The new and novel doesn’t stay as such for very long: no sooner do we discover some new show, app, book or hobby before the blotches and flaws start appearing.
In the world of football, the grace period for the new is ever shorter. Managers and players are fortunate to be spared for a matter of days – for unconventional appointments like Ange Postecoglou? The cynicism extended long before his arrival.
The first rumours of Ange resembled a Rorsarch test without happy answers; upon hearing his name, images were immediately conjured of Bradley, Deila, Barnes and Caixinha. There were few positives to lean upon, and any fan relying on the club to woo them were sorely let down.
Celtic could have easily won over a large contingent of fans by succinctly and clearly communicating what he has done in his career. Angelos is not a nobody, no embellishments were needed; the curious fans who chose to delve into his colourful career came back almost unanimously positive, Postecoglou is not an unsellable product.
The failures of the club, however, has allowed Ange the opportunity to entice the fans based entirely on his own merits. No Celtic fan can claim to have been won over by an exquisitely produced highlights package, or comprehensive Q&A with the man himself, because Celtic simply haven’t done those things.
Anyone who is now pro-Ange is such purely because of the actions of the man himself, and his impact on the club to date. After an exciting, baffling draw against Midtjylland, Ange is a much more intriguing prospect for any Celtic fans still to be won over.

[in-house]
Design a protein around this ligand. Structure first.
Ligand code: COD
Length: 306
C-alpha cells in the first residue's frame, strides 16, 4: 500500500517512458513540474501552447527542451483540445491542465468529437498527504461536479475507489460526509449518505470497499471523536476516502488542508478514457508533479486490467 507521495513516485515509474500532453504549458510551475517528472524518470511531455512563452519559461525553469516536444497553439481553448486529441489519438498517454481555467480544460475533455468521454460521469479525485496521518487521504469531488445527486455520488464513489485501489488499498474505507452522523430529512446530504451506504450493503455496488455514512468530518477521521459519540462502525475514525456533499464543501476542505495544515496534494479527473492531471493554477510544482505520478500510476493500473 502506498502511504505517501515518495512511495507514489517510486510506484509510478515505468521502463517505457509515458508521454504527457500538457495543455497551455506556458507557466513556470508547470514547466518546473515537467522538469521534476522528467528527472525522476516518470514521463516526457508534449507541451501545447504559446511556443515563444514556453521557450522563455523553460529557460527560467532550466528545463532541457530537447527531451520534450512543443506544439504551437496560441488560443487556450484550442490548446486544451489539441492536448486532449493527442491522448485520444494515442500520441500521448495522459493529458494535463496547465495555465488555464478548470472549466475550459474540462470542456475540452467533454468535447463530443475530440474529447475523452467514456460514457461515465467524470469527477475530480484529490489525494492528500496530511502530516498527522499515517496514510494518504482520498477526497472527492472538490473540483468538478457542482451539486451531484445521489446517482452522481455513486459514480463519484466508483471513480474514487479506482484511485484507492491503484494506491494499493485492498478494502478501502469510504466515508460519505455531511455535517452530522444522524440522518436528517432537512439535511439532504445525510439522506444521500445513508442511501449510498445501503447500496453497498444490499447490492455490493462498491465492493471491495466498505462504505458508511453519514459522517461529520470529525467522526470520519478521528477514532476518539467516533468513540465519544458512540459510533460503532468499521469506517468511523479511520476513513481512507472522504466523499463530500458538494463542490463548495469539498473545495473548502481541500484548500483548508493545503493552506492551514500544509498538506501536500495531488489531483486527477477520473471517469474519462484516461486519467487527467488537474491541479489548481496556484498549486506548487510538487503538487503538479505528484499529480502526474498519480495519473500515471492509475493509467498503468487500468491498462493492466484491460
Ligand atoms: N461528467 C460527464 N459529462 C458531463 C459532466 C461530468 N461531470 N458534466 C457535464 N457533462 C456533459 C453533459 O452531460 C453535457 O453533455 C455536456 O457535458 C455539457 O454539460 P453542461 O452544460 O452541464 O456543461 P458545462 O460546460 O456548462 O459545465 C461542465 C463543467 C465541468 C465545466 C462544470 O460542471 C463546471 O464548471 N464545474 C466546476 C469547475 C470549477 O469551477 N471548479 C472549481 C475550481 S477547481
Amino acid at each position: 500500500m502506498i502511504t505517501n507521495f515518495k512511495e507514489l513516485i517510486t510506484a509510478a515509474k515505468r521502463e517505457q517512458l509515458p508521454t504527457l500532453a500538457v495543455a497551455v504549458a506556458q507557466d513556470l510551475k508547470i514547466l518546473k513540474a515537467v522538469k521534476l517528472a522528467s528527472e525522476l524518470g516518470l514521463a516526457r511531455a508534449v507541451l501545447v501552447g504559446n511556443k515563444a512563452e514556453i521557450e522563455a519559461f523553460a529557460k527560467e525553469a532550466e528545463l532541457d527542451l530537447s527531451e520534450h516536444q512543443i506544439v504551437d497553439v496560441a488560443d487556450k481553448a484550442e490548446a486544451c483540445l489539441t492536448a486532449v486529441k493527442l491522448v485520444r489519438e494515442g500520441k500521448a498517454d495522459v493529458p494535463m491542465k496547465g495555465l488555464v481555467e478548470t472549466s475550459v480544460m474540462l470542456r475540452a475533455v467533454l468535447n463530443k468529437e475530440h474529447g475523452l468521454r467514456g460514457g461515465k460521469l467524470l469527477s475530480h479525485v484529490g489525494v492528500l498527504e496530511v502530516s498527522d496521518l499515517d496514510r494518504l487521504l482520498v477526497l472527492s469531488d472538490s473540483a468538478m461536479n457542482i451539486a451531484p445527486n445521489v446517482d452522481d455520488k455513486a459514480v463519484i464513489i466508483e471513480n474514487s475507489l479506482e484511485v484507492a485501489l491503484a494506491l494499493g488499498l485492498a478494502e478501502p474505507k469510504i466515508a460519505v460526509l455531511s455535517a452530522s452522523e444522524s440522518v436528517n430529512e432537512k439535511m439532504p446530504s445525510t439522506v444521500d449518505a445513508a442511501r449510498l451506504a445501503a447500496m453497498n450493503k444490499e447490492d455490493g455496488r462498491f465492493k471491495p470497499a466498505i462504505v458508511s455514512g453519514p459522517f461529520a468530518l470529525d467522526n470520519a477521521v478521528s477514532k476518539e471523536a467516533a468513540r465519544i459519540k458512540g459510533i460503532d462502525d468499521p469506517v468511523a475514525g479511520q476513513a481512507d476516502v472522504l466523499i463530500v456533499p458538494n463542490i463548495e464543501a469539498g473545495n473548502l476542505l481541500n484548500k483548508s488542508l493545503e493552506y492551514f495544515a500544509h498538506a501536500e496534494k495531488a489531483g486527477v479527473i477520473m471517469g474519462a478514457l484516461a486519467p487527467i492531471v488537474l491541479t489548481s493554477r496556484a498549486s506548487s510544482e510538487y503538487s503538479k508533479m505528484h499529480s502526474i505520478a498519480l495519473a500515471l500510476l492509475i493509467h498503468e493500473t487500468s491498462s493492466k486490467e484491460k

For the mass of supporters converted by Celtic’s impressive first outing, Postecoglu should feel an immense sense of pride – and a tinge of annoyance. He has done an incredible job in convincing those who need it, but it simply isn’t his remit to do so. It’s in Celtic’s interest to ensure any manager is best placed to succeed, and whilst we shouldn’t descend into popularity contests, likeability is an integral part of that.
For Ange, someone famously reticent and distrustful of the media, to be shouldering this burden himself, is incredibly impressive. There is even an argument to be made that even had the club held the inclination to do their jobs, they wouldn’t have performed them as comprehensively as Ange.
The club’s presentation of itself, from Celtic TV to individual commentators, is notoriously shoddy. By circumventing the banality and inevitable tautology of “official” club communications, Postecoglou has better exemplified what sort of man he is than the club would have ever been capable of.
If Angelos Postecoglou is a success at Celtic, it will be a result of his own efforts and qualities. The club could, and should, be doing more, but in an increasingly opaque industry – with niche background roles around every corner, it’s refreshing to see someone as honest as Ange.
By Declan Sutherland